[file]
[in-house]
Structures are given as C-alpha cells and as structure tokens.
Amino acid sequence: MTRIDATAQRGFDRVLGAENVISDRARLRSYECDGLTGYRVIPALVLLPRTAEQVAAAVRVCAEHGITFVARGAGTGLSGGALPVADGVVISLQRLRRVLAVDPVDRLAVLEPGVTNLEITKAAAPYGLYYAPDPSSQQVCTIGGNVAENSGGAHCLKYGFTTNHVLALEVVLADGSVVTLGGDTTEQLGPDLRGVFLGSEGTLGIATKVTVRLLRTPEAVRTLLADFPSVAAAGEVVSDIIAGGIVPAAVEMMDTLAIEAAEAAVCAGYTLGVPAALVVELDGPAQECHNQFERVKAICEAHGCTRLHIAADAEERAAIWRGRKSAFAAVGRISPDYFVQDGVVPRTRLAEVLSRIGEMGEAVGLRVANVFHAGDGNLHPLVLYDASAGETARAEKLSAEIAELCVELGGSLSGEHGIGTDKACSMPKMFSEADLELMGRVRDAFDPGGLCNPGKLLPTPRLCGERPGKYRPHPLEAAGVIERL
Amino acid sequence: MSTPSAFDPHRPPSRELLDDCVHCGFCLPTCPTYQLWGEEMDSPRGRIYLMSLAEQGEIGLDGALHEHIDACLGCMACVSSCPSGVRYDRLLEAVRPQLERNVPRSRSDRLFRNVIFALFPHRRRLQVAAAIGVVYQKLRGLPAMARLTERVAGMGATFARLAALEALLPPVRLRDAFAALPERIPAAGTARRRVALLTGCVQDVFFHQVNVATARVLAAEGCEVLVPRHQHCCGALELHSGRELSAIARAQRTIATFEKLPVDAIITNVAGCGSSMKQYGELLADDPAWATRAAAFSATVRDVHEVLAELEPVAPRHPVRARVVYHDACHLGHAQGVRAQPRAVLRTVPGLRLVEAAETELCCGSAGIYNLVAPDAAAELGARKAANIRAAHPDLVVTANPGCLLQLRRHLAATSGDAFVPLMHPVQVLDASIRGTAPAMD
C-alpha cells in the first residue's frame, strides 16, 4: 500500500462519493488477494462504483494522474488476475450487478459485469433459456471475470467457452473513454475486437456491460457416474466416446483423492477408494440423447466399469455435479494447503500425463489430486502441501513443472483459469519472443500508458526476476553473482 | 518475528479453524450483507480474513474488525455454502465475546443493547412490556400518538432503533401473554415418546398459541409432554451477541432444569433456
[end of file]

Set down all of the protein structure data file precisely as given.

[in-house]
Structures are given as C-alpha cells and as structure tokens.
Amino acid sequence: MTRIDATAQRGFDRVLGAENVISDRARLRSYECDGLTGYRVIPALVLLPRTAEQVAAAVRVCAEHGITFVARGAGTGLSGGALPVADGVVISLQRLRRVLAVDPVDRLAVLEPGVTNLEITKAAAPYGLYYAPDPSSQQVCTIGGNVAENSGGAHCLKYGFTTNHVLALEVVLADGSVVTLGGDTTEQLGPDLRGVFLGSEGTLGIATKVTVRLLRTPEAVRTLLADFPSVAAAGEVVSDIIAGGIVPAAVEMMDTLAIEAAEAAVCAGYTLGVPAALVVELDGPAQECHNQFERVKAICEAHGCTRLHIAADAEERAAIWRGRKSAFAAVGRISPDYFVQDGVVPRTRLAEVLSRIGEMGEAVGLRVANVFHAGDGNLHPLVLYDASAGETARAEKLSAEIAELCVELGGSLSGEHGIGTDKACSMPKMFSEADLELMGRVRDAFDPGGLCNPGKLLPTPRLCGERPGKYRPHPLEAAGVIERL
Amino acid sequence: MSTPSAFDPHRPPSRELLDDCVHCGFCLPTCPTYQLWGEEMDSPRGRIYLMSLAEQGEIGLDGALHEHIDACLGCMACVSSCPSGVRYDRLLEAVRPQLERNVPRSRSDRLFRNVIFALFPHRRRLQVAAAIGVVYQKLRGLPAMARLTERVAGMGATFARLAALEALLPPVRLRDAFAALPERIPAAGTARRRVALLTGCVQDVFFHQVNVATARVLAAEGCEVLVPRHQHCCGALELHSGRELSAIARAQRTIATFEKLPVDAIITNVAGCGSSMKQYGELLADDPAWATRAAAFSATVRDVHEVLAELEPVAPRHPVRARVVYHDACHLGHAQGVRAQPRAVLRTVPGLRLVEAAETELCCGSAGIYNLVAPDAAAELGARKAANIRAAHPDLVVTANPGCLLQLRRHLAATSGDAFVPLMHPVQVLDASIRGTAPAMD
C-alpha cells in the first residue's frame, strides 16, 4: 500500500462519493488477494462504483494522474488476475450487478459485469433459456471475470467457452473513454475486437456491460457416474466416446483423492477408494440423447466399469455435479494447503500425463489430486502441501513443472483459469519472443500508458526476476553473482 | 518475528479453524450483507480474513474488525455454502465475546443493547412490556400518538432503533401473554415418546398459541409432554451477541432444569433456